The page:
GRAIN AND FEED (all per 100 lbs. net)
corrif $1. 4 ft ; cr&clced corn, $1.50 ; foci! nioal.
$1.55; bran, heavy, $1.80; roiled barley.
$1.40; oil cake meal. $3.00; cotton seed meal,
$1.85; cocoanut cak«. $1.56; shorts, $1.46;
oats, white, $1.66; Kaffir corn, $1.46.
Rye flour $2.75' $"2.70 $2.80
Cracked wheat 3.40 3.35 $.33
Farina 3.40 3.35 8.30
Corn meal. W. and T... 2.40 2.35 2.30
East'n whole wheat flour 3.20 8.15 8.10
Eastern whole meal.... 3.50 8.15 3.10
Whole wheat flour 2.60 2.55 2.60
Wheat flakes, per case of 36 2-lb. cartons 3.20
Wheat flakes, per sack of 50 lbs 1.35
Wheat flakes, per bbl. of^ 12C lbs, net 4.30
THIS IS CIRCUS DAY
AT FIESTA PARK
Floto Shows Arrive and Go Into Camp,
Preparatory to Two Days'
The Floto shows arrived in Los An
geles yesterday and Immediately went
into camp at Fiesta park.
As usual the proverbial small boy
was out early to view the circus train,
and according to the Floto manage
ment was pleased to his heart's con
Of course this will be the big day of
the show. Here Is the program, which
will be carried out in detail und the
show people say strictly on time:
10 a. m.— The parade is due to reach
the down town business district.
Drivers and teamsters are especially
and politely requested to avoid this
parade or have secure control of their
11 a. m.-» Free open air shows and
opening of annex departments of the
show grounds. See the Japanese day
light tire works.
1 p. m.— Opening of the main en
trance to the menagerie and big shows,
allowing one hour to view the anlmalti
and courts. Promenade band concert
by Slg. Zierke's combined band of
2 p. m.— (irand mysterious Asia spec
tacle anil regular program. One hour
to view the menagerie after the big
4:15 p. m. — The specialty concert
after the big show introducing new
features and the Rose-Edith grand
ballet In novel dances.
4:30 p. m. — Vallacltas performs and
feeds the big lions In a massive den
in the annex.
7 p. m.— Opening of the main en
trance to the menagerie and big show
for tb-j night exhibition. One hour to
view the menagerie. Fine band con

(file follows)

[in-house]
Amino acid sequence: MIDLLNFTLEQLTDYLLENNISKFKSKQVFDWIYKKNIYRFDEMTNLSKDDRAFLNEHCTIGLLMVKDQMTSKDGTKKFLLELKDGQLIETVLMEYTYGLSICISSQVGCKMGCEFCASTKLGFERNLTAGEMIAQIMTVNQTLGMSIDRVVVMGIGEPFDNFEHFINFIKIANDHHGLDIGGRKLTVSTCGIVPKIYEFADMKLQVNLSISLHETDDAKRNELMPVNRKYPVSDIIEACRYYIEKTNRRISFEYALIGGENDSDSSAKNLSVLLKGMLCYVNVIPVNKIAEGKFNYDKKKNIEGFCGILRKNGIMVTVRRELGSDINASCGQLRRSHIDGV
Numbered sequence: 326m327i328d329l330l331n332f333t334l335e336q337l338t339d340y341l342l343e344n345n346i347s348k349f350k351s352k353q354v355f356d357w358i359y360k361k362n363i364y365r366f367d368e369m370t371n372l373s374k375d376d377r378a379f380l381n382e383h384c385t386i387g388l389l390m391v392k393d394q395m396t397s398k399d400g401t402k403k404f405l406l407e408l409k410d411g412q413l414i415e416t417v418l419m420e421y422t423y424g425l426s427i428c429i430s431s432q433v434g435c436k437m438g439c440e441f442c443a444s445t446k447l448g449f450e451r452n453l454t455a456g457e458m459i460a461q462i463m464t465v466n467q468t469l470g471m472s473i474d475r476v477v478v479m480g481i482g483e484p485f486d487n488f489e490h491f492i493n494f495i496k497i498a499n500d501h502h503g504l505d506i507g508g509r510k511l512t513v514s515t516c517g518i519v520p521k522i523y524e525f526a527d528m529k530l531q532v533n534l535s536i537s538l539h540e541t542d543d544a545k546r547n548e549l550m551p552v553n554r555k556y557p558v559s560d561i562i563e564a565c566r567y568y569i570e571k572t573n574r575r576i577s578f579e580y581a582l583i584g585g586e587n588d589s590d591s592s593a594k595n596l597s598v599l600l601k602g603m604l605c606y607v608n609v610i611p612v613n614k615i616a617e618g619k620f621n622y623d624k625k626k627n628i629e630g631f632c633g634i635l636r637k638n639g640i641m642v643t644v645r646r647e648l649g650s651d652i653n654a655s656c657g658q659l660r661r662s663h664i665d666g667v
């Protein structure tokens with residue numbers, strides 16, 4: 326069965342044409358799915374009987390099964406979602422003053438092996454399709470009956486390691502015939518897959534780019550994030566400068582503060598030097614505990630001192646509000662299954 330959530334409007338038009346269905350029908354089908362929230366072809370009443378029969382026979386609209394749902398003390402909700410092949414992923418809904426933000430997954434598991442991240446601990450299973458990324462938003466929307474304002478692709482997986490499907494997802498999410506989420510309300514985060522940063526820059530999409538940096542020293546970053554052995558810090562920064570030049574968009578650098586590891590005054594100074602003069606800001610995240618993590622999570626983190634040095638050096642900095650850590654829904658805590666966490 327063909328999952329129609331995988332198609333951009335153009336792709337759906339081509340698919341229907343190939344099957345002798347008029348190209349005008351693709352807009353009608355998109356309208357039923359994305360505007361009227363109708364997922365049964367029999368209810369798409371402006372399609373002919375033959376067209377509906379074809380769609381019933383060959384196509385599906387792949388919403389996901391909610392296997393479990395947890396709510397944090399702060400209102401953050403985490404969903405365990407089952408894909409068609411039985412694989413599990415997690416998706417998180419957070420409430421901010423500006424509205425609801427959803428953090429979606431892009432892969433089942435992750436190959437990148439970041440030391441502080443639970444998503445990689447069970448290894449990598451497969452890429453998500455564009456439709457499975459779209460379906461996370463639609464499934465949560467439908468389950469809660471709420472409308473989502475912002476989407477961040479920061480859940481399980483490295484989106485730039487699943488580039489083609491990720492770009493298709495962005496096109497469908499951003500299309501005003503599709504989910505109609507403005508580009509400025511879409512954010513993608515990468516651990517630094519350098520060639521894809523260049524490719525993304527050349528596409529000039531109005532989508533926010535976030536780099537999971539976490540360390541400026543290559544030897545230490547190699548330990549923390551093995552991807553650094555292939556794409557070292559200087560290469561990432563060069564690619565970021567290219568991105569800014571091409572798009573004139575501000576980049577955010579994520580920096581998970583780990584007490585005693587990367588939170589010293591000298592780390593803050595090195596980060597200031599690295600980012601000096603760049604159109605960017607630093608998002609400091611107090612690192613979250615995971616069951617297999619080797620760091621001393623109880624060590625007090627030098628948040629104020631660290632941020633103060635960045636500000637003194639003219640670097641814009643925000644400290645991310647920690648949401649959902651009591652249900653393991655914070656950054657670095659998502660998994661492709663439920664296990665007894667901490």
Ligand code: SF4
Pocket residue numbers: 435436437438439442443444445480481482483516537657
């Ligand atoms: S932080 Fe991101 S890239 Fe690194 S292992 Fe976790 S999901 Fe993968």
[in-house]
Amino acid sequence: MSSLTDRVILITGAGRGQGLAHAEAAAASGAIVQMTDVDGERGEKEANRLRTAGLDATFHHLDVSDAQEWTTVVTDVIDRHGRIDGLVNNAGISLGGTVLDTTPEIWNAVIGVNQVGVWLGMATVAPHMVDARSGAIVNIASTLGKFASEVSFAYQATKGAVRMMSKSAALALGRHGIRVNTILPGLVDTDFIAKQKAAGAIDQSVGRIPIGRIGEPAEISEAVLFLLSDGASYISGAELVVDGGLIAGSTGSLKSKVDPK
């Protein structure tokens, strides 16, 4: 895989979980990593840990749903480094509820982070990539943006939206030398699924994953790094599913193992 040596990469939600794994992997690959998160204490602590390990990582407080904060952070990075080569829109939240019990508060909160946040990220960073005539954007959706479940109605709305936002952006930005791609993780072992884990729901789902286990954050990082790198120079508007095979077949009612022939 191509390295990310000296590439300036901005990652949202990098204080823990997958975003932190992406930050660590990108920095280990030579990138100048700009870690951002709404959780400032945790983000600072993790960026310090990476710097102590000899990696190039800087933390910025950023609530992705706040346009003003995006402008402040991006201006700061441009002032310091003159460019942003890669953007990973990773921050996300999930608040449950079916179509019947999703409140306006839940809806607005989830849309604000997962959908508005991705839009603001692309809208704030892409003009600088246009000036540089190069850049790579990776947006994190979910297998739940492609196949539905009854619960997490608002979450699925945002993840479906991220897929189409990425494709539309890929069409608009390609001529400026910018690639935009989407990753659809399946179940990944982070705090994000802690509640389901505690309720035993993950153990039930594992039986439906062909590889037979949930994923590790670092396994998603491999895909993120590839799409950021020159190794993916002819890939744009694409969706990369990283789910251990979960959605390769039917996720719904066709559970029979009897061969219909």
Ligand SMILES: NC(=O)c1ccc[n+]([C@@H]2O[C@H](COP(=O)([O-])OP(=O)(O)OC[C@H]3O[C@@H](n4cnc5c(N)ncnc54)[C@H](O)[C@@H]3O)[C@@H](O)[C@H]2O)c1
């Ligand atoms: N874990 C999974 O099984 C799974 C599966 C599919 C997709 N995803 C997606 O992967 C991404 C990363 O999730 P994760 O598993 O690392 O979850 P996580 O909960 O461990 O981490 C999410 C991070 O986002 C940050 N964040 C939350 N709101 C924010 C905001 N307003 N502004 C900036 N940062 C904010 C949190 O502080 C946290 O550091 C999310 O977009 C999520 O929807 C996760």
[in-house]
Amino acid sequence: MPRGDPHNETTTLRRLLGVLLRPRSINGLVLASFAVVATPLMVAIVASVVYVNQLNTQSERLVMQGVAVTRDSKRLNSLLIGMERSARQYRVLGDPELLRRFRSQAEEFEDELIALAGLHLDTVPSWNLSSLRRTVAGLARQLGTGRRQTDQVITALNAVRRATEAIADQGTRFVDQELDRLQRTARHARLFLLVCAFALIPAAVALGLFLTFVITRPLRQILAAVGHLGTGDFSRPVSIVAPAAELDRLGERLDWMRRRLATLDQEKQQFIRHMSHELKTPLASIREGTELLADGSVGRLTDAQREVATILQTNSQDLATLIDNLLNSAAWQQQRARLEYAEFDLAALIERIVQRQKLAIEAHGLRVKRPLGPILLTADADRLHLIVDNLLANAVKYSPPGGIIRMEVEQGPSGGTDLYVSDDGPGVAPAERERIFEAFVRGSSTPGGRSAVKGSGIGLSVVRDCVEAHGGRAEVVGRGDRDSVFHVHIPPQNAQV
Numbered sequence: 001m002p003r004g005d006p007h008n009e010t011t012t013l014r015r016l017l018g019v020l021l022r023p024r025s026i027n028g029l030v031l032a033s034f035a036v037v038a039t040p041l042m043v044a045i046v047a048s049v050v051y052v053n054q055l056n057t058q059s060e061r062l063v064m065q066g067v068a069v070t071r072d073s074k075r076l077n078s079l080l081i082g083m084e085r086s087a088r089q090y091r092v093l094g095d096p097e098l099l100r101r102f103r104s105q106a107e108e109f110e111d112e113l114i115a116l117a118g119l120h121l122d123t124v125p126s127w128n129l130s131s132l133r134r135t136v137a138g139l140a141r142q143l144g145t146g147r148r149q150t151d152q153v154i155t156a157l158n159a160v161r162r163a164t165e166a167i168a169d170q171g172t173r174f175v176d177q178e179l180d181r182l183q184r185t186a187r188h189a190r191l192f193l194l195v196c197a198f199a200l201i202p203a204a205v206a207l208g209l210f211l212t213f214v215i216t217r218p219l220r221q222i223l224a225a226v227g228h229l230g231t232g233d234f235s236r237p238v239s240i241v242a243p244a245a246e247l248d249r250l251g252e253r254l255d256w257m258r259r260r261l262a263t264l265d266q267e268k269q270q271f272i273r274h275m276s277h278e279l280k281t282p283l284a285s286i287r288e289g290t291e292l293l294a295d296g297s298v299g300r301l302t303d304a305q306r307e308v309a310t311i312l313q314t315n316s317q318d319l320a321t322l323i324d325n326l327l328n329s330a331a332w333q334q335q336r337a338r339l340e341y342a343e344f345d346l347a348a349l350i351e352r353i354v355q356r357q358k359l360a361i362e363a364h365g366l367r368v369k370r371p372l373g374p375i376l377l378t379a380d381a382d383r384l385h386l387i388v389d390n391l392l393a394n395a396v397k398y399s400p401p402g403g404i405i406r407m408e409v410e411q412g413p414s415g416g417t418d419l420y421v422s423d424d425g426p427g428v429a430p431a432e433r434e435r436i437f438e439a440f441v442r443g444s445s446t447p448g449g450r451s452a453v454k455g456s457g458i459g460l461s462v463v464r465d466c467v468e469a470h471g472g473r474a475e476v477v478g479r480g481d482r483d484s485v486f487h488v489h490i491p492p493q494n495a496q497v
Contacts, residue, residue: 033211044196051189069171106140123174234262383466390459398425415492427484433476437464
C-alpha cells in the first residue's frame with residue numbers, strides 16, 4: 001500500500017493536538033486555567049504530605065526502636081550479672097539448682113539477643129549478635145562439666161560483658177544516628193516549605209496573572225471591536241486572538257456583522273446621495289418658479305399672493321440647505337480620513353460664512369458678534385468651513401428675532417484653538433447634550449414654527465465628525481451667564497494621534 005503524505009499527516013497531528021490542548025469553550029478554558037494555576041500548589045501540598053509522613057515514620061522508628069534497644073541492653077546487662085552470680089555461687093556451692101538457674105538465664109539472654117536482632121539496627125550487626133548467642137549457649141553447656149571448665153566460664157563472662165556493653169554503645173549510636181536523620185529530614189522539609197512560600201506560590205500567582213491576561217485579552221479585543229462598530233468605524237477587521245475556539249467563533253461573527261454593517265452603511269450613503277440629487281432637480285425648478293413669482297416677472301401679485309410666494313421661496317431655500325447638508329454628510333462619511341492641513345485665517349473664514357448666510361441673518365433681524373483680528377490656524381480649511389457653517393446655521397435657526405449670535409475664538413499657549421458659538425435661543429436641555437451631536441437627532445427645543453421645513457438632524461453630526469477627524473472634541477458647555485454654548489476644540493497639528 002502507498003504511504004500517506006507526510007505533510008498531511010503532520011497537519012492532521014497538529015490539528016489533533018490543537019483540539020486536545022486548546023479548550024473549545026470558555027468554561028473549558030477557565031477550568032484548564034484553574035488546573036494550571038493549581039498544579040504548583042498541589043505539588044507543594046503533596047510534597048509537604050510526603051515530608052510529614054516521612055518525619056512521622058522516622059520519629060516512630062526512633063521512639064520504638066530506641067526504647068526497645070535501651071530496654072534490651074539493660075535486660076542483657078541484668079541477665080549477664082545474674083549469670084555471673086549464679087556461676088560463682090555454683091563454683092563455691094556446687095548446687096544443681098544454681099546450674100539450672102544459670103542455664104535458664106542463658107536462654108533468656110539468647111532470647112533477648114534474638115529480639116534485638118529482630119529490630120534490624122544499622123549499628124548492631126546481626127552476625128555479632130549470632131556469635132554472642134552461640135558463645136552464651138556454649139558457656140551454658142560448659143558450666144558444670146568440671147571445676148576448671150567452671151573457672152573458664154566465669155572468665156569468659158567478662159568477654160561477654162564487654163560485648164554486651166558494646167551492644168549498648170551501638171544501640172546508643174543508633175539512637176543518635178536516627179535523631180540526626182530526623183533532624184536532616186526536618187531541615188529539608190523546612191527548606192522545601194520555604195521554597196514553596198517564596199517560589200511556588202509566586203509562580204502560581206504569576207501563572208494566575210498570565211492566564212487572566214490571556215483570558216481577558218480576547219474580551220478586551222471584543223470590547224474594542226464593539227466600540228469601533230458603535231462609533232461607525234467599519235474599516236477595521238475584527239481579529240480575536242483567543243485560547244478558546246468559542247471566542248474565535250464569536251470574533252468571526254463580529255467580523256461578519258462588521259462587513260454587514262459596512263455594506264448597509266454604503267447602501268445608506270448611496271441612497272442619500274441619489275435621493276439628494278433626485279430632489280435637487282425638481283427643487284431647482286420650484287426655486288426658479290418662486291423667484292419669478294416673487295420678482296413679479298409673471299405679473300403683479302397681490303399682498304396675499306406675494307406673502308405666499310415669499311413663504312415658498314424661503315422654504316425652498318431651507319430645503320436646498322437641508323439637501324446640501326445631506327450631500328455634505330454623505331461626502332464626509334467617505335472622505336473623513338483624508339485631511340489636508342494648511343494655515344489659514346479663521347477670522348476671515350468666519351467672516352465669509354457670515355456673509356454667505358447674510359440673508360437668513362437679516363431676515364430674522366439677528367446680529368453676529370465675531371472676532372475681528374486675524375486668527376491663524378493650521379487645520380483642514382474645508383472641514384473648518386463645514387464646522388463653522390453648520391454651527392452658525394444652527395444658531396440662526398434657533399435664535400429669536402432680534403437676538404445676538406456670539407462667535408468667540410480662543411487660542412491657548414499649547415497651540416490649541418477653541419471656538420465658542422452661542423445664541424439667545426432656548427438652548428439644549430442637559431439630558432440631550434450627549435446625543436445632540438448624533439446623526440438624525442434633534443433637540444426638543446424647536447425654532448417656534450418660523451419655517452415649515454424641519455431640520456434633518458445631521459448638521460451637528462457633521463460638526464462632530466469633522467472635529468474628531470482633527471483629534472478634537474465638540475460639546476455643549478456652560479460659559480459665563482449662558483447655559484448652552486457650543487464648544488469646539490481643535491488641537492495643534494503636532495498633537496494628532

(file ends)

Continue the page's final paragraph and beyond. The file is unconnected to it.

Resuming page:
8 p. in.— Tli« night ahow begins.
Grand Oriental pageant and Asiatic
display enhanced by the electric itgMa
A Provide for Your Future
By Saving Part of Your
Present Income :: :. ::
« Open a savings account with this bank and
Jjj join the ranks of over 26,000 depositors who
"'mBE QNESjLh now have over $6,000,000.00 in our care.
8ilffm*ttii,, A. % Interest on
$~vjWSm* ZJK l H» Term Deposits
The Olde«rsavln«» Absolute Safety for your valuables.
Bank In Snutharn This bank has the largest steel safe deposit
California. Eiub- and storage vaults in the city :: tl r. y,
llxhed Jan. i, IMS n «■-■> nn „ ...
!____ Boxes $2.00 a Year and Up
Money to Loan ftyTTflflf'T
Southern California Savings Bank
In the Braly Building S. E. Cor. Fourth and Spring
CLEARING HOUSE BANKS
Los Angeles National Bank w. c. Patterson, Pre*.
w v r*. «•!„» .n4 Si>nn« o> ■• BITTINQKR, Cashier.
**. E- Cor. Flnt and Sprint:. Capital. ISOO.OOO: Surplus and Pronts. IWIW
American National Bank w.^. Bars^uD^Pre*.
™ »• W. Cor. Beoond and Sroadwar. Capital. ll'.OOO.OQO; Burplu'* and Proflt*. ITS.SOS
National Bank of California ~ John mc. marble, Prea,
N. E. Cor. Secoad and Bprtn,. c plu ,, tioo,6ooi BufpVu. tmOOS
State Bank and Trust Company "• J. woollacott. Prea.
_ ' J. w. A. otrir, casnier.
N. W. Cor. Second and Spring- Capital. »ioo.ooo| Surplus and Proflt*. MO.OOS
Citizens' National Bank lv *• waterh, pre*.
miens national Binn A j WATERS, Cashier.
N. E. Cor. Third and Bprtn». Capital. t»0,000| Burplu* and Proflt*. tIM.W